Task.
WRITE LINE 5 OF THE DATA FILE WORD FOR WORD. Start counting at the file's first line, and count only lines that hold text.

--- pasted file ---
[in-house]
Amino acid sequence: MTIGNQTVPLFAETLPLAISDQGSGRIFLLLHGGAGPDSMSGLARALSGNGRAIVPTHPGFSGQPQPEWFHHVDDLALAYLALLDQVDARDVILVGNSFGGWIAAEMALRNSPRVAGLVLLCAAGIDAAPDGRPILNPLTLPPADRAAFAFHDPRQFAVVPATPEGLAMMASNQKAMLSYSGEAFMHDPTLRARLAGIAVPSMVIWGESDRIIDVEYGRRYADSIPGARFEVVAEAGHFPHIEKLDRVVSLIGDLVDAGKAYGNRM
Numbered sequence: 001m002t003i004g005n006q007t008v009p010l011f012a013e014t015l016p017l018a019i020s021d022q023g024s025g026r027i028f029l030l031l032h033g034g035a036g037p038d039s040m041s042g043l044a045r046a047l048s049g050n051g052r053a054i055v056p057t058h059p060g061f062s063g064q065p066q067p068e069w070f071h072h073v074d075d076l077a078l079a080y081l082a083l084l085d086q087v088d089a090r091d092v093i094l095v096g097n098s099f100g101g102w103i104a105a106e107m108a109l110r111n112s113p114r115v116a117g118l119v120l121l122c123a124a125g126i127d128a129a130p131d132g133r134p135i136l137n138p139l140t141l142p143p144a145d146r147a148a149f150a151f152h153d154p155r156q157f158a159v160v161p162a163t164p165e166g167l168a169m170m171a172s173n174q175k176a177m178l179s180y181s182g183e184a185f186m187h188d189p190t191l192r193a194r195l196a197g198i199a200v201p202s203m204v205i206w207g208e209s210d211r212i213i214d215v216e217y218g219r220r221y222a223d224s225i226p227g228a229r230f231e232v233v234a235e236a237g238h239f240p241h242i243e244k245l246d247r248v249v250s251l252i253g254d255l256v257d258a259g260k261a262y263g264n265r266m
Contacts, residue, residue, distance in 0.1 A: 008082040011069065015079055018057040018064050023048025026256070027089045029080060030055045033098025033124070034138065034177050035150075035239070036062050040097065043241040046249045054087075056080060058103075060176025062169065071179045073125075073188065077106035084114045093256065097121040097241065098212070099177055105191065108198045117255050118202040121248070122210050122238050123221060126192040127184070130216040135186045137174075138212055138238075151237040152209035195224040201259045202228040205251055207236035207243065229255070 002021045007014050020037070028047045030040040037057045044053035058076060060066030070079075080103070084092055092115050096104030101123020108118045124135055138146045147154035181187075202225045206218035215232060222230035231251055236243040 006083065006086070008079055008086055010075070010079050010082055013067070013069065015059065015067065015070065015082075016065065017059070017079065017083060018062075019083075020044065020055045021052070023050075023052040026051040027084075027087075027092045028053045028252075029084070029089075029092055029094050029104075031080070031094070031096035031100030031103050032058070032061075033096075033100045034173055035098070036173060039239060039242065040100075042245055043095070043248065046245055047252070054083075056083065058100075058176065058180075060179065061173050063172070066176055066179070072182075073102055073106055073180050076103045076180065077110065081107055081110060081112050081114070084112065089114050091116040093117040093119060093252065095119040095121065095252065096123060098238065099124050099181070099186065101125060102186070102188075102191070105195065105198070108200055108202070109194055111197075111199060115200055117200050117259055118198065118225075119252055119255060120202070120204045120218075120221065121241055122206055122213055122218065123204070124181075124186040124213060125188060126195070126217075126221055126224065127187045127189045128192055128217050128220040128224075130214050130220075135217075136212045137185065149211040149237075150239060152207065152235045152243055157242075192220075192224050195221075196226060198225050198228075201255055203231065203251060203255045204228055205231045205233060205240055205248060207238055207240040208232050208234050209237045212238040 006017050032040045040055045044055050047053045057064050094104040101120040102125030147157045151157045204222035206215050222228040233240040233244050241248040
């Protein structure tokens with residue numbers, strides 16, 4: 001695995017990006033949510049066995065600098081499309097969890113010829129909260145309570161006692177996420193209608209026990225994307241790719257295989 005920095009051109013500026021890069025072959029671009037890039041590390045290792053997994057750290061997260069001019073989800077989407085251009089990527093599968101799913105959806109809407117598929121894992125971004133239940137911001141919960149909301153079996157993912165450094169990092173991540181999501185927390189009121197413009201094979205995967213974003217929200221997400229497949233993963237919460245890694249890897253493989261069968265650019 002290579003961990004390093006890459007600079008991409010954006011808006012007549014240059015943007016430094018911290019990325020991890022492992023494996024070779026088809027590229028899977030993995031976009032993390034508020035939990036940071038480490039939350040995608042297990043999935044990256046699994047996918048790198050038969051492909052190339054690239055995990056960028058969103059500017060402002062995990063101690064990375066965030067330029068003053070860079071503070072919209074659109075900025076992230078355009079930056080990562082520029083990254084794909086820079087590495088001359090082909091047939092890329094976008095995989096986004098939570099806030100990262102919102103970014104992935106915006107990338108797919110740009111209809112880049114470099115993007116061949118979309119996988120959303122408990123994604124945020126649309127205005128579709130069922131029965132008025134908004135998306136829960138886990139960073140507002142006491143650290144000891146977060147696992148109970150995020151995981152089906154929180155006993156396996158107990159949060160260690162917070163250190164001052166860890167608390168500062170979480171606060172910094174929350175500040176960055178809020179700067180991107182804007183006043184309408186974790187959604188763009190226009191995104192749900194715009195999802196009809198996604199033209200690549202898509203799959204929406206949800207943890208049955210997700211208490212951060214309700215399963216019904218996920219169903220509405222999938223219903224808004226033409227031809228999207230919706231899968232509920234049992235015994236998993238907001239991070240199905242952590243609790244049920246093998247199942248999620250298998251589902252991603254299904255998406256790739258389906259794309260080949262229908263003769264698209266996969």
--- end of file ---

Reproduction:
């Protein structure tokens with residue numbers, strides 16, 4: 001695995017990006033949510049066995065600098081499309097969890113010829129909260145309570161006692177996420193209608209026990225994307241790719257295989 005920095009051109013500026021890069025072959029671009037890039041590390045290792053997994057750290061997260069001019073989800077989407085251009089990527093599968101799913105959806109809407117598929121894992125971004133239940137911001141919960149909301153079996157993912165450094169990092173991540181999501185927390189009121197413009201094979205995967213974003217929200221997400229497949233993963237919460245890694249890897253493989261069968265650019 002290579003961990004390093006890459007600079008991409010954006011808006012007549014240059015943007016430094018911290019990325020991890022492992023494996024070779026088809027590229028899977030993995031976009032993390034508020035939990036940071038480490039939350040995608042297990043999935044990256046699994047996918048790198050038969051492909052190339054690239055995990056960028058969103059500017060402002062995990063101690064990375066965030067330029068003053070860079071503070072919209074659109075900025076992230078355009079930056080990562082520029083990254084794909086820079087590495088001359090082909091047939092890329094976008095995989096986004098939570099806030100990262102919102103970014104992935106915006107990338108797919110740009111209809112880049114470099115993007116061949118979309119996988120959303122408990123994604124945020126649309127205005128579709130069922131029965132008025134908004135998306136829960138886990139960073140507002142006491143650290144000891146977060147696992148109970150995020151995981152089906154929180155006993156396996158107990159949060160260690162917070163250190164001052166860890167608390168500062170979480171606060172910094174929350175500040176960055178809020179700067180991107182804007183006043184309408186974790187959604188763009190226009191995104192749900194715009195999802196009809198996604199033209200690549202898509203799959204929406206949800207943890208049955210997700211208490212951060214309700215399963216019904218996920219169903220509405222999938223219903224808004226033409227031809228999207230919706231899968232509920234049992235015994236998993238907001239991070240199905242952590243609790244049920246093998247199942248999620250298998251589902252991603254299904255998406256790739258389906259794309260080949262229908263003769264698209266996969």